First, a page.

GRAND RAPIDS, Mich. (WOOD) — The Biden administration’s announcement of sweeping vaccine requirements for a huge number of employees in the private sector has left many with more questions than answers.
President Joe Biden addressed the nation Thursday about the need to get more Americans vaccinated. The administration is now requiring all federal executive branch employees and companies with federal contracts to have their staff vaccinated without a weekly testing option. Biden also says employers in the private sector with more than 100 workers will be required to test weekly or enforce a vaccine mandate.
Local employers say they are trying to decipher what that will mean for them.
“When the announcement came out about executive orders and the desire for (the Occupational Safety and Health Administration) to implement this emergency rule, my first reaction was I had a lot of questions and quite a bit of concern for our members,” said Andy Johnston, the vice president of government affairs at the Grand Rapids Area Chamber of Commerce, which advocates on behalf of local businesses. “Some of the nuance of it, like why 100 (workers)? And with talent being the No. 1 issue that our employers are having, are they going to have to fire those employees? What does that look like? If the weekly testing doesn’t pan out, who’s going to pay for the weekly testing? Who’s going to administer the weekly testing?”
Johnston says the new rule put employers in a difficult spot.
“We still think that vaccinations are the No. 1 way we’re going to get past this pandemic,” he said, “but we also know that employer mandates are incredibly concerning and those decisions should be left up to private employers to determine the conditions of employment.”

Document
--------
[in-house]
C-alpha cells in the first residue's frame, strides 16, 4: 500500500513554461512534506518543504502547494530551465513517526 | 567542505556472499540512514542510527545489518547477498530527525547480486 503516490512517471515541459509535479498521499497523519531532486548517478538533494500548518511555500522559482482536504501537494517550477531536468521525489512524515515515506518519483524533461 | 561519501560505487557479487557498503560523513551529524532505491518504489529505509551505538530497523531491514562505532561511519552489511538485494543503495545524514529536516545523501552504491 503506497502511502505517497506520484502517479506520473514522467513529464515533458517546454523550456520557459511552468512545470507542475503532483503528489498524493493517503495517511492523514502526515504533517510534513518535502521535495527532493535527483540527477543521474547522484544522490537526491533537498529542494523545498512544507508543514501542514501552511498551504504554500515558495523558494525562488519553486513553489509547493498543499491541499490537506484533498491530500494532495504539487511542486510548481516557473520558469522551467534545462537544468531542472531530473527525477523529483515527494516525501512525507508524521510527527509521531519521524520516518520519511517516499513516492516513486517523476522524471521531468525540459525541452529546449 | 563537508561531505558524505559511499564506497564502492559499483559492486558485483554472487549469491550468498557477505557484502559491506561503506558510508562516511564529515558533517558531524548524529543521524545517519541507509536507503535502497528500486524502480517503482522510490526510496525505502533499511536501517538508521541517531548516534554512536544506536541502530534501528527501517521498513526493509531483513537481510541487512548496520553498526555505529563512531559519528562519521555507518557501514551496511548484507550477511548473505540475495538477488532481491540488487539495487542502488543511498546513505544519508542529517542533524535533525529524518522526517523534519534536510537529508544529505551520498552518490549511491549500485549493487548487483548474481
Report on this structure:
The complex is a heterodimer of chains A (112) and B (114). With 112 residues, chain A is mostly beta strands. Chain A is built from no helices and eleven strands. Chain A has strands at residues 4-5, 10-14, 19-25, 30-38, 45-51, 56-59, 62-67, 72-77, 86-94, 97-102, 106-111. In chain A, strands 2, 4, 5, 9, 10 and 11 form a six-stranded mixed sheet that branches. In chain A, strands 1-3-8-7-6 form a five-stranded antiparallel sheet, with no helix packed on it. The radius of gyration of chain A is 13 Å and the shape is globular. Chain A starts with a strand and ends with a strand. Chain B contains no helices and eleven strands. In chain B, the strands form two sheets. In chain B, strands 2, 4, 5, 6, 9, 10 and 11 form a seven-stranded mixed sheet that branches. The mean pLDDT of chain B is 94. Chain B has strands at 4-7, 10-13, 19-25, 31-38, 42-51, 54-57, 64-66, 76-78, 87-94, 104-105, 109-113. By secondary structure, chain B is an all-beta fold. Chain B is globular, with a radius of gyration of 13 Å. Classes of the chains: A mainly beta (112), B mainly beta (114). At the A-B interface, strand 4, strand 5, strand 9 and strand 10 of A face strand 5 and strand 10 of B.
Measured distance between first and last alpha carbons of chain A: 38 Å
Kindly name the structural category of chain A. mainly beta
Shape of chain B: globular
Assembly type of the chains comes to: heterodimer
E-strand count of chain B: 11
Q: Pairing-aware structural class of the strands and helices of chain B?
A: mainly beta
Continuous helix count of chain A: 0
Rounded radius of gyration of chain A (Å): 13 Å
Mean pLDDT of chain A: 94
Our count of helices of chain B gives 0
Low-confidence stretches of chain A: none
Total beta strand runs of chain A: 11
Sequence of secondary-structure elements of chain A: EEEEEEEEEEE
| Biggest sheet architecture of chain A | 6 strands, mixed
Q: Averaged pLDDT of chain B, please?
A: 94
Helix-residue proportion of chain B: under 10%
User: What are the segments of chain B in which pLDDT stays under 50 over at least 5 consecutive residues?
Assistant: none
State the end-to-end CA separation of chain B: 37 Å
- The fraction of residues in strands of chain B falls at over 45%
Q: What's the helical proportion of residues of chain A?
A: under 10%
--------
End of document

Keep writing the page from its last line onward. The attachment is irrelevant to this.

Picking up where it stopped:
EXPERT: 1905 CASE SUPPORTS MANDATE
Just one day after the announcement, several Republican leaders, states and union chiefs have threatened legal action. But experts say many of these arguments likely won’t hold.
“There’s no question broadly speaking: government can do that,” said retired Gen. Michael McDaniel, a constitutional law professor at Western Michigan University-Cooley Law School.
McDaniel says the federal government is using a precedent from a 1905 U.S. Supreme Court case in which a man refused to get a smallpox vaccine. McDaniel says the Supreme Court ultimately upheld the government’s right to enforce vaccine laws during a medical or worker emergency.
“They basically said one man’s liberty cannot deprive his neighbors of their liberty. In this case, the liberty interest is to be free from unwanted vaccination. The neighbor’s liberty is to be free from an unwanted disease,” McDaniel said.
McDaniel added that vaccine requirements are not new. Several public schools and military branches require various vaccinations.
He also said that technically, employers would be giving workers a choice.
“The employee themselves have three choices. One is not a good one, which is I’m not going to work there anymore. The second, of course, would be I’ll do the weekly testing and come up negative each time, knowing that I could lose my job if I come up positive and the third is I’ll just go ahead and get the vaccine,” McDaniel said.
OSHA still has to write, approve and implement the official language of the vaccine mandate.